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Top Tips for Spring Bloom Success NEXT Year!

Spring Bulb Care: Just the other day I was walking by some hospital grounds and saw a huge display of bright glossy green daffodil leaves with one lonely daffodil flowering off to the side. I didn't need the classic Sherlock Holmes hand lens to deduce the destroyer of this display; it was premature removal of the green leaves the season before.

The month following the fade of the flowers is the most crucial time in the life of daffodils, tulips and other Spring bulbs. "Leave the leaves" and you allow the underground plant parts to use those leaves as solar collectors to power the growth of the following year's flowers. If you cut the leaves off to {quote} "clean up the garden", you prevent those potential flowers from ever being 'born'. ('Clean your laundry; not your landscape!')

Note: It IS acceptable to 'deadhead' the actual flowers after they stop looking good; in fact, it's beneficial! Pinching off the faded flowers makes the garden look MUCH neater and removes any seed heads that might sap energy from the forthcoming plant-to-be.

Note Note: In some cases, you'll just be pinching off a faded flower, but some stems will have a 'bulbous' round-to-football shaped bulge just beneath that former flower. These baby bulbs should be removed as well, but you can then try your hand at breeding them! Pick an out of the way area for your 'nursery bed' and have it ready by the Fall. Then plant your tiny treasures in the bed around Halloween. If you're lucky, greenery will emerge in the Spring. Let it grow, apply some compost to the bed and allow the greenery to naturally turn brown. Then do nothing. Try NOT to water the bed; these plants receive very little water over the summer in their once-native climes.

The following year, significantly larger leaves should appear in the Spring as the underground bulbs increase in size. One or two more seasons should bring flowers.

But back to the top: resist the temptation to remove the green leaves of Spring bulbs prematurely and a fully formed flower will grow in the center of the underground bulb, just waiting to pop out for you next Spring.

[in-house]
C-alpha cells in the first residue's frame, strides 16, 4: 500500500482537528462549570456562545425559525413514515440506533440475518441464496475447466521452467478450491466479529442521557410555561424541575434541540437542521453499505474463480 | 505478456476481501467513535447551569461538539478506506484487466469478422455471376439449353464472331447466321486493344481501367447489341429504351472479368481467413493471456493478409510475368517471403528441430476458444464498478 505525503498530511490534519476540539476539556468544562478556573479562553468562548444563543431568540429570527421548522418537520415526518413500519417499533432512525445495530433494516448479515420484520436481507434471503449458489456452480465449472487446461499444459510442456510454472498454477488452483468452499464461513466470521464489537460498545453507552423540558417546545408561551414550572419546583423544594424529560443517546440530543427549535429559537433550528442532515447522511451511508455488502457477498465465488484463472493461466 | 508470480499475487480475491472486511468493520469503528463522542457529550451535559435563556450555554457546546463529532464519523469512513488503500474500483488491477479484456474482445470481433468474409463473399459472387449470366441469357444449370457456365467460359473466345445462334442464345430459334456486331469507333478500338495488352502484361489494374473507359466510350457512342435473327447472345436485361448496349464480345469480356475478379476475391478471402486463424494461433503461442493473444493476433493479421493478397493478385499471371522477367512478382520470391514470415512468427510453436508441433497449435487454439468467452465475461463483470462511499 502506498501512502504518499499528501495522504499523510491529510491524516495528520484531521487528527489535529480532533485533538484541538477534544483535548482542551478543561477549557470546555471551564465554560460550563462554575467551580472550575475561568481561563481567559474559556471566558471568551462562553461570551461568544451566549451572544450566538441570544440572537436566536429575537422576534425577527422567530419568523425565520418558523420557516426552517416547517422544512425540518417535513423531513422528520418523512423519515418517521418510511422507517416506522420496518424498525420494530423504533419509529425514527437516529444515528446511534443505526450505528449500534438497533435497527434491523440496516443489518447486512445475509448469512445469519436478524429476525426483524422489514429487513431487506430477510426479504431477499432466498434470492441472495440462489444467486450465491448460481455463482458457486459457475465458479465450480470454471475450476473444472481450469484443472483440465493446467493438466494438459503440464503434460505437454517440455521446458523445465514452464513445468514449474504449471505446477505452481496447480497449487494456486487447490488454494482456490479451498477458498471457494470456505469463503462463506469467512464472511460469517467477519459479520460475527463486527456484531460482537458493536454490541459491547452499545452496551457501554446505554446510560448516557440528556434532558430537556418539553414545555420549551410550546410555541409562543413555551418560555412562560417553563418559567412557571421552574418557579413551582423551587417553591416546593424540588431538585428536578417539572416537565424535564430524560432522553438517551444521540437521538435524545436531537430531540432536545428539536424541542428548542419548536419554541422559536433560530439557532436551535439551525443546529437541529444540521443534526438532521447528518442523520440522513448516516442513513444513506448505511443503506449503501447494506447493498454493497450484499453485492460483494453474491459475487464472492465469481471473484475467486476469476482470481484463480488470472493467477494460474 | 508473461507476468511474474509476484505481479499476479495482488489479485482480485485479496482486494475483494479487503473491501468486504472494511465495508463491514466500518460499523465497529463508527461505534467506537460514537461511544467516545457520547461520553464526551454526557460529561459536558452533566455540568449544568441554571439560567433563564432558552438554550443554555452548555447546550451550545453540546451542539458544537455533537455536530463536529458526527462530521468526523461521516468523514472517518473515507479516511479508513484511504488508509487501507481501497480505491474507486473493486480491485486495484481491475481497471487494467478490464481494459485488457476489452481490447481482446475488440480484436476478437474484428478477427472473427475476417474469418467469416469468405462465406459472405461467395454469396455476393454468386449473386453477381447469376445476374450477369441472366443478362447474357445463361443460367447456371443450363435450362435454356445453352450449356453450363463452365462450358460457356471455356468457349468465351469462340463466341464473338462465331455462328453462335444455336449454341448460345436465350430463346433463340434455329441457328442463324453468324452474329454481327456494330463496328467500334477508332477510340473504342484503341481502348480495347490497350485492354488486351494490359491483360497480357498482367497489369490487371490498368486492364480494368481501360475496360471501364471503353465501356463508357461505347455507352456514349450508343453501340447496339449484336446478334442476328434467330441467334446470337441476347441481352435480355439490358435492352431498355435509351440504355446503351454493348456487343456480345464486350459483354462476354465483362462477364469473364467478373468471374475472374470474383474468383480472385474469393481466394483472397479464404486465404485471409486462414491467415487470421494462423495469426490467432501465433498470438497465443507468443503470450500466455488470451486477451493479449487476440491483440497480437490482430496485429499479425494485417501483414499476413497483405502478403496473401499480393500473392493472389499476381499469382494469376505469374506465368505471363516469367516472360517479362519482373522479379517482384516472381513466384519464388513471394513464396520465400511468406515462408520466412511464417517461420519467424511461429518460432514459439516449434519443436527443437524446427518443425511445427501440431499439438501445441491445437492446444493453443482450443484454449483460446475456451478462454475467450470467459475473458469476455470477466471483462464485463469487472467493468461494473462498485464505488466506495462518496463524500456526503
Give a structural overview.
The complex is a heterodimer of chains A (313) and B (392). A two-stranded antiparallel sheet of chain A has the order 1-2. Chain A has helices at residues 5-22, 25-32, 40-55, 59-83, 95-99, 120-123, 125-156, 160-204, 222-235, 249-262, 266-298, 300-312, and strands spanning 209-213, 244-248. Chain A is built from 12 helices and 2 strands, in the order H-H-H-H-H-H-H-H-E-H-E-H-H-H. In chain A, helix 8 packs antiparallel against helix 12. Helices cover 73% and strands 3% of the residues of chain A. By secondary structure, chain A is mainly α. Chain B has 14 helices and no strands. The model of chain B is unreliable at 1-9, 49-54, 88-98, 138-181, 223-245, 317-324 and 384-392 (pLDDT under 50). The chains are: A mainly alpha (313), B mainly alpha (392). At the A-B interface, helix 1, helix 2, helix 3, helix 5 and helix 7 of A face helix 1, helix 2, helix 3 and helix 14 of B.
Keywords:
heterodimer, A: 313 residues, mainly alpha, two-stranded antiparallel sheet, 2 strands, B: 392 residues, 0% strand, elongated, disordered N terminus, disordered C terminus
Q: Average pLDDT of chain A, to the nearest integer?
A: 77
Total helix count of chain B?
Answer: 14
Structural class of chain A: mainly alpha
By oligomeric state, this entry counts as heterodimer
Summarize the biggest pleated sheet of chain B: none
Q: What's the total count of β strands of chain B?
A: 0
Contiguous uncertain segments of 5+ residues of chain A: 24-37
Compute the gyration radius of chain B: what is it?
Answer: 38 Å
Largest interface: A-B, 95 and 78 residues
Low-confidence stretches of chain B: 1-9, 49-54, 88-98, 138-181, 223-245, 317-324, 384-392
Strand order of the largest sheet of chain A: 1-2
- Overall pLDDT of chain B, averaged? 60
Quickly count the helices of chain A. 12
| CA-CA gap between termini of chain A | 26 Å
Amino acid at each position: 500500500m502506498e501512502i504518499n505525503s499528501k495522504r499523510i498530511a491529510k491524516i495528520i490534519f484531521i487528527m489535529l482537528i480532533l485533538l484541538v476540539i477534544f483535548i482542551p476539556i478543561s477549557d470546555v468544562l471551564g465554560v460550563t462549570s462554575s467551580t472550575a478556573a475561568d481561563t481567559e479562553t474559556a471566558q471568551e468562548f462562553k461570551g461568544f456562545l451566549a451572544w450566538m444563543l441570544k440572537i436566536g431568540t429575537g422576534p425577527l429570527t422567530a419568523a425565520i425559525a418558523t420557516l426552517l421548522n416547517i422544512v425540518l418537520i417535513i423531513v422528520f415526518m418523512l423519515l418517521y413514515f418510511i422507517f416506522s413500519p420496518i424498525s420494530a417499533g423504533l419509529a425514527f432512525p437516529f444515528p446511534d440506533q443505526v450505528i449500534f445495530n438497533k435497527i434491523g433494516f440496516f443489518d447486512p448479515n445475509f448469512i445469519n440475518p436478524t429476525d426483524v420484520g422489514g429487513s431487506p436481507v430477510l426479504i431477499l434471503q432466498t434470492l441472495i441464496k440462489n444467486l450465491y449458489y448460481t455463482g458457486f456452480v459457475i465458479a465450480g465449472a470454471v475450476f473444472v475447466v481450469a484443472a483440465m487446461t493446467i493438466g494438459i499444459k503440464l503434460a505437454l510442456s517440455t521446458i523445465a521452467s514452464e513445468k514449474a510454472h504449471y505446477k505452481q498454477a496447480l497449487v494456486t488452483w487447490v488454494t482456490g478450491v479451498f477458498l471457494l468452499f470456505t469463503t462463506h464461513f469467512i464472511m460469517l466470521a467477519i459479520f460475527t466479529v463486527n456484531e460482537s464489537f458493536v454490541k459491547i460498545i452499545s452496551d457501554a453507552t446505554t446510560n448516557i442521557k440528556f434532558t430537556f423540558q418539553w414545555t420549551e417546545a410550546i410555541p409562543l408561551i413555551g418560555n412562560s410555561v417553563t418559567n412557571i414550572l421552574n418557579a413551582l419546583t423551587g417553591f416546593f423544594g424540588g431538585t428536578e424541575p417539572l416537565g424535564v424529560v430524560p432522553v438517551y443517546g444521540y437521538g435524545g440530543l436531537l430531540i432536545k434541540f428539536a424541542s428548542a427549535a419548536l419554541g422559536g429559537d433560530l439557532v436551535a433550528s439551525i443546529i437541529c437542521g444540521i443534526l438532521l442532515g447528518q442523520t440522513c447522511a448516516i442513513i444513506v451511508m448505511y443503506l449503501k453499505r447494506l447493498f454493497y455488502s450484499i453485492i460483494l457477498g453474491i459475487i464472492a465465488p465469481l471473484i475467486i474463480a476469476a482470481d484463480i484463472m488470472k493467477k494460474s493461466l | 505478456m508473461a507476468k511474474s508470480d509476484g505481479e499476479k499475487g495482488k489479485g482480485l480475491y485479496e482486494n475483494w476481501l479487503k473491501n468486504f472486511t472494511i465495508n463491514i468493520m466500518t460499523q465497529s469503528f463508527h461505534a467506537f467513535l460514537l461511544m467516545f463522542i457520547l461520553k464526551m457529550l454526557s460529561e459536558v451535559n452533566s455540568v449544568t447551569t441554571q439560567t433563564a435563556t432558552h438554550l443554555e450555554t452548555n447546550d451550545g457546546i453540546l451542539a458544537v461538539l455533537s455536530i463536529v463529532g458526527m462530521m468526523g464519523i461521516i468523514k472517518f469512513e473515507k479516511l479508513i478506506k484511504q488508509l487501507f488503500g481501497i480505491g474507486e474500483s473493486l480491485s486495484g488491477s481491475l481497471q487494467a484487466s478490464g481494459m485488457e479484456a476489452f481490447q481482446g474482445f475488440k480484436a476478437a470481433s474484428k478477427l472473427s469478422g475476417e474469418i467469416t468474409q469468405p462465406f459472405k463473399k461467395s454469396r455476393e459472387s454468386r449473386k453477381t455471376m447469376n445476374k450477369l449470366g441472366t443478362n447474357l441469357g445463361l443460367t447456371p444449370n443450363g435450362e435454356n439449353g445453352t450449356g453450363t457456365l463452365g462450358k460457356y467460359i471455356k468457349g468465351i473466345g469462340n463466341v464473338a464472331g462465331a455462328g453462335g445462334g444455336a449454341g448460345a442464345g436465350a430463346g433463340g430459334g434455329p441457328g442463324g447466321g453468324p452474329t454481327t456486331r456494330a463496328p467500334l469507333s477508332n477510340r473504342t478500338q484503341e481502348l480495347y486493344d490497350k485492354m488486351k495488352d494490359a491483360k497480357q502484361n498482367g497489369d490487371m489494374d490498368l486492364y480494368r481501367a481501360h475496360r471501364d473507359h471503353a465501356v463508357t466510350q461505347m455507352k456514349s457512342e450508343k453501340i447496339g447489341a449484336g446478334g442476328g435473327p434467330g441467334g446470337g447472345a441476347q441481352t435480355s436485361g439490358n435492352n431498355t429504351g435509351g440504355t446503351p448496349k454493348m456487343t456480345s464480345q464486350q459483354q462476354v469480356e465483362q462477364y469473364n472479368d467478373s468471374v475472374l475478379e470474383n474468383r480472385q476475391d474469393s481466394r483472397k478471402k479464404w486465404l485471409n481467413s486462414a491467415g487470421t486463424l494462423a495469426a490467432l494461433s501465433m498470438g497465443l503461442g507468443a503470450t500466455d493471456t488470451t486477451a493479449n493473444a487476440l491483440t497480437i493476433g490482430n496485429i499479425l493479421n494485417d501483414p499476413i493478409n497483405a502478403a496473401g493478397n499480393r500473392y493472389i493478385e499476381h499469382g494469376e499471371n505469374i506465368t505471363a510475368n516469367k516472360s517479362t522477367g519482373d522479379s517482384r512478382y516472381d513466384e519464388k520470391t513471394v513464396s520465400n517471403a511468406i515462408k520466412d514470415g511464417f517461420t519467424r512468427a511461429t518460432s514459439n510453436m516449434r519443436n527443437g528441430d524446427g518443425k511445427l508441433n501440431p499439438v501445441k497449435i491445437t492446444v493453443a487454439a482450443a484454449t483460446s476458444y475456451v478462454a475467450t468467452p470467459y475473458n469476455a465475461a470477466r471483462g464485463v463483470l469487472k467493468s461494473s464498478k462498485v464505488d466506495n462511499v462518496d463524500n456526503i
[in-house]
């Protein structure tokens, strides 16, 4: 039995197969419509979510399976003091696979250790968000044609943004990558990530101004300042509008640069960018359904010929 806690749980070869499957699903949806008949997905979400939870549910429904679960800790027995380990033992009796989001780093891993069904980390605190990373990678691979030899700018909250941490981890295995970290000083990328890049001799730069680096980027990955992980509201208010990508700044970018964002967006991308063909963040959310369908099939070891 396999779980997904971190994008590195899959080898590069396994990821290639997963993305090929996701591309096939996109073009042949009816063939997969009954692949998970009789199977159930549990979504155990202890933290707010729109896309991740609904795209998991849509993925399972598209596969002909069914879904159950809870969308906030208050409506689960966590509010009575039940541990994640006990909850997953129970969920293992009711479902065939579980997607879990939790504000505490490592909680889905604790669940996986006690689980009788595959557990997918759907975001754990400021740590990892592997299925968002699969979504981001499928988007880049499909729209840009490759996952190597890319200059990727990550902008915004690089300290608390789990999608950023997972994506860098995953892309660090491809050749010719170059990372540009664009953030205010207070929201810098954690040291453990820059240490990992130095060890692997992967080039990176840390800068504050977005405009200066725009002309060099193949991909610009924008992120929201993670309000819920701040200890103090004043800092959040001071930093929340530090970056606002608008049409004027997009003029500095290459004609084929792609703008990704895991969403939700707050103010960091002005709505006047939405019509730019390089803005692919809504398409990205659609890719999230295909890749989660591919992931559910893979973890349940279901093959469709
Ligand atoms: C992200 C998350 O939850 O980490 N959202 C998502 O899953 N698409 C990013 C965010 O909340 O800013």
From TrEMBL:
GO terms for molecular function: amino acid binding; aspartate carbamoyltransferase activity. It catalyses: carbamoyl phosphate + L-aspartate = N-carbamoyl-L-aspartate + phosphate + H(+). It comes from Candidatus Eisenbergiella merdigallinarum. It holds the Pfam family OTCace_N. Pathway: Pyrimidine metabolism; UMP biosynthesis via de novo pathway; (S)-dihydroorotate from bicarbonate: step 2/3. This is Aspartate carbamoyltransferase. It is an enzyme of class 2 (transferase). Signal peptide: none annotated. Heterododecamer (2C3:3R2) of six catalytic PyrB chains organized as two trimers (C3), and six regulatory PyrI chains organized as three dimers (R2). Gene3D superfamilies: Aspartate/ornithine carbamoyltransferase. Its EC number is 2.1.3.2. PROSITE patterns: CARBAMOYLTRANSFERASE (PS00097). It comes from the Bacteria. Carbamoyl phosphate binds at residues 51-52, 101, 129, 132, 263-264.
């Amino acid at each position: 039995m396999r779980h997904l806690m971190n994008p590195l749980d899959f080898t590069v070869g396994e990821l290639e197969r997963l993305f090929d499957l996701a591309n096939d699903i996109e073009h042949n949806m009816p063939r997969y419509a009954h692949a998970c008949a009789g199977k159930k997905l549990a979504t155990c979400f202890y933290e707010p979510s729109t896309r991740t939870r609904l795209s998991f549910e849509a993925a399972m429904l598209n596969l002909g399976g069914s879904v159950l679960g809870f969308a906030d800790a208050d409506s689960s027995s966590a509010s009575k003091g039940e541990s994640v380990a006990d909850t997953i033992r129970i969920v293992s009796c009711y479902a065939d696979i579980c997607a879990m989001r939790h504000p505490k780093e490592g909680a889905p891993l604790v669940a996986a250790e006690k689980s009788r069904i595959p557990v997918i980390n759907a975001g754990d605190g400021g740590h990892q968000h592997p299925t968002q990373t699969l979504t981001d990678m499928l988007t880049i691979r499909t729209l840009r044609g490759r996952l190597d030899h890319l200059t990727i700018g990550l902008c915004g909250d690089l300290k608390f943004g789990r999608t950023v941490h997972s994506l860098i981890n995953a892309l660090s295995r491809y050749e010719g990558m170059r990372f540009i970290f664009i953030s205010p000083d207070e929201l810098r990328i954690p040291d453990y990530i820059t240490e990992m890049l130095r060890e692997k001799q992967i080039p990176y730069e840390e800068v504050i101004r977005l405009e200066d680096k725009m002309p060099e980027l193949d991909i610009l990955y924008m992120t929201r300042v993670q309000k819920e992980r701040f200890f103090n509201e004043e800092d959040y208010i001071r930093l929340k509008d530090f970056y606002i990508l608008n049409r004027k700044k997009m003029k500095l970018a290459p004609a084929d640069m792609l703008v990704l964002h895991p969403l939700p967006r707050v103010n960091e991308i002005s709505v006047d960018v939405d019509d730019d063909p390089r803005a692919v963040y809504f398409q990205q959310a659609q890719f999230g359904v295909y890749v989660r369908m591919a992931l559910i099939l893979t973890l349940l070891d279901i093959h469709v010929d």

Teachers: This is a fun show and tell. Obtain a quantity of daffodil bulbs right around the time the kids are being rounded up kicking and screaming to return for another exciting semester of school and have a bulb ready for every child--and one for yourself.

You won't be planting yours. Instead, you will produce a sharp knife and a cutting board, cut the bulb down the center lengthways and show the kiddos the fully formed flower inside. Then explain that September through November (earlier in cold climes; later in warmer ones) is the perfect time to plant the rest of the new bulbs, which will bloom before school lets out for the summer.

NOTE: You don't have to wait forever to snip off the dying leaves in summer. You can carefully remove them as soon as they begin to fade and lose their lush green color. You don't have to wait until they become a fire hazard, as off-color leaves aren't performing the amazing task of photosynthesis.

Feeding: Feed your bulbs as soon as those new green leaves appear in the Spring, because this is when they will be actively growing next year's flowers underground. Tossing bulb food in the planting hole when newly purchased ones get planted in the Fall has always been a mystery to me, as that bulb is done growing a new flower and will now go dormant. You should never feed a dormant plant. And the scent of the food could attract mice, moles, shrews and other bad actors during the winter months of slim pickins.

NOTE NOTE NOTE: If you wish to do any of this as a school or educational project, stick with daffodils as they are toxic to vermin like mice, voles and Evil Squirrels. They aren't harmful to us, but pests avoid them; unlike tulip bulbs, which are nutritious and delicious.

Spring Blooming Trees and Shrubs: Similar to Spring bulbs, plants like azaleas, rhododendrons, flowering crabapples, forsythia and cherry blossoms start preparing for the following Spring's show shortly after their flowers fade in late Spring. That's the time these plants can best utilize a gentle feeding (of compost!!) to encourage good bud formation for flowering next year. This is also my favorite time of year to prune out dead, diseased and crowded limbs because you can see what you're doing.

Note that I did NOT include Spring blooming 'caliper pears' like Bradford and Cleveland in that list. They are structurally weak trees that fall apart in heavy storms, the flowers stink like rotting meat and they have become highly invasive since they developed the ability to produce little pollinated fruits, which we were assured would never happen. (Cue: Jeff Goldblum: "Nature finds a way".) New Plant Buyers: PLEASE don't be tempted by their low low price; they're cheap because they're cheap. Get a NICE tree instead.

If you feel that any of your Spring blooming trees and/or shrubs need pruning, do it as soon as possible after the flowers fade.

Prune NOTHING in late summer. NOTHING!

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